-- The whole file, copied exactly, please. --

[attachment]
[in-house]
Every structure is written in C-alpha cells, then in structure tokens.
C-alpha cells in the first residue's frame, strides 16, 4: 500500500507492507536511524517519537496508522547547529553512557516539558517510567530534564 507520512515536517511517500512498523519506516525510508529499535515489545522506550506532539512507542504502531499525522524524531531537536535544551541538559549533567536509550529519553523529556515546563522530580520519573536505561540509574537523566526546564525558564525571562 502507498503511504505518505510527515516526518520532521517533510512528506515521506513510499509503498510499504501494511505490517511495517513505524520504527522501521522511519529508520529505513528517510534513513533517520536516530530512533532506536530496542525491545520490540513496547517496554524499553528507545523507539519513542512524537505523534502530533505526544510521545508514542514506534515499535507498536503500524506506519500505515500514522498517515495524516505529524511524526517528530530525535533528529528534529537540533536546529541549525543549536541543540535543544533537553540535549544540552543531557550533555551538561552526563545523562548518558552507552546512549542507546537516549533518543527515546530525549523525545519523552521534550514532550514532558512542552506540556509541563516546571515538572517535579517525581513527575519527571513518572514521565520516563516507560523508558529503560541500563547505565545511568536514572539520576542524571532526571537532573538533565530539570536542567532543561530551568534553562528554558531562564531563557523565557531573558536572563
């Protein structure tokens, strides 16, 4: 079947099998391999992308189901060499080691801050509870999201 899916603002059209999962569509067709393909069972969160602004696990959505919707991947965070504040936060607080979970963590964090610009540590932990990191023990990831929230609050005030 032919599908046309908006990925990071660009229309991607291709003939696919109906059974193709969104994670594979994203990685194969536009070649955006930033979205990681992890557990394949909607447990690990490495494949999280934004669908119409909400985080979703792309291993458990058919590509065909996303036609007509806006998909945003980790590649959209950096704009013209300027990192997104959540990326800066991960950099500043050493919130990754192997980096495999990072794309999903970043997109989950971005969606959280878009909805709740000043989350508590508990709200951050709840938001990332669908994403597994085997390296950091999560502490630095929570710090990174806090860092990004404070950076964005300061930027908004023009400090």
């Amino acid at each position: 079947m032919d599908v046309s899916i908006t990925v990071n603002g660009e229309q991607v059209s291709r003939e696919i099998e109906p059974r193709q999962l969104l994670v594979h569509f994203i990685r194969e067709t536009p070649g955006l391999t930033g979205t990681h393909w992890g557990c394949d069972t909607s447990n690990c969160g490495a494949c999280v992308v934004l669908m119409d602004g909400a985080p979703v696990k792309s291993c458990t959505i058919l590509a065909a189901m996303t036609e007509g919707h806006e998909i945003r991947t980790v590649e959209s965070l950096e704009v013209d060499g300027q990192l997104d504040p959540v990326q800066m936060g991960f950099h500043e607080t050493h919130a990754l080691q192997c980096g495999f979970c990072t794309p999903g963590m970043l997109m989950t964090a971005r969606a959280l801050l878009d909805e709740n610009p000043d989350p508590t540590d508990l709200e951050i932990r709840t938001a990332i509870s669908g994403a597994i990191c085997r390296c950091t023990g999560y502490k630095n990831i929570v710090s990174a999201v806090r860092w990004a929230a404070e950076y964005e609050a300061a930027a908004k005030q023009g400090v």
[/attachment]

[in-house]
Every structure is written in C-alpha cells, then in structure tokens.
C-alpha cells in the first residue's frame, strides 16, 4: 500500500507492507536511524517519537496508522547547529553512557516539558517510567530534564 507520512515536517511517500512498523519506516525510508529499535515489545522506550506532539512507542504502531499525522524524531531537536535544551541538559549533567536509550529519553523529556515546563522530580520519573536505561540509574537523566526546564525558564525571562 502507498503511504505518505510527515516526518520532521517533510512528506515521506513510499509503498510499504501494511505490517511495517513505524520504527522501521522511519529508520529505513528517510534513513533517520536516530530512533532506536530496542525491545520490540513496547517496554524499553528507545523507539519513542512524537505523534502530533505526544510521545508514542514506534515499535507498536503500524506506519500505515500514522498517515495524516505529524511524526517528530530525535533528529528534529537540533536546529541549525543549536541543540535543544533537553540535549544540552543531557550533555551538561552526563545523562548518558552507552546512549542507546537516549533518543527515546530525549523525545519523552521534550514532550514532558512542552506540556509541563516546571515538572517535579517525581513527575519527571513518572514521565520516563516507560523508558529503560541500563547505565545511568536514572539520576542524571532526571537532573538533565530539570536542567532543561530551568534553562528554558531562564531563557523565557531573558536572563
């Protein structure tokens, strides 16, 4: 079947099998391999992308189901060499080691801050509870999201 899916603002059209999962569509067709393909069972969160602004696990959505919707991947965070504040936060607080979970963590964090610009540590932990990191023990990831929230609050005030 032919599908046309908006990925990071660009229309991607291709003939696919109906059974193709969104994670594979994203990685194969536009070649955006930033979205990681992890557990394949909607447990690990490495494949999280934004669908119409909400985080979703792309291993458990058919590509065909996303036609007509806006998909945003980790590649959209950096704009013209300027990192997104959540990326800066991960950099500043050493919130990754192997980096495999990072794309999903970043997109989950971005969606959280878009909805709740000043989350508590508990709200951050709840938001990332669908994403597994085997390296950091999560502490630095929570710090990174806090860092990004404070950076964005300061930027908004023009400090």
């Amino acid at each position: 079947m032919d599908v046309s899916i908006t990925v990071n603002g660009e229309q991607v059209s291709r003939e696919i099998e109906p059974r193709q999962l969104l994670v594979h569509f994203i990685r194969e067709t536009p070649g955006l391999t930033g979205t990681h393909w992890g557990c394949d069972t909607s447990n690990c969160g490495a494949c999280v992308v934004l669908m119409d602004g909400a985080p979703v696990k792309s291993c458990t959505i058919l590509a065909a189901m996303t036609e007509g919707h806006e998909i945003r991947t980790v590649e959209s965070l950096e704009v013209d060499g300027q990192l997104d504040p959540v990326q800066m936060g991960f950099h500043e607080t050493h919130a990754l080691q192997c980096g495999f979970c990072t794309p999903g963590m970043l997109m989950t964090a971005r969606a959280l801050l878009d909805e709740n610009p000043d989350p508590t540590d508990l709200e951050i932990r709840t938001a990332i509870s669908g994403a597994i990191c085997r390296c950091t023990g999560y502490k630095n990831i929570v710090s990174a999201v806090r860092w990004a929230a404070e950076y964005e609050a300061a930027a908004k005030q023009g400090v």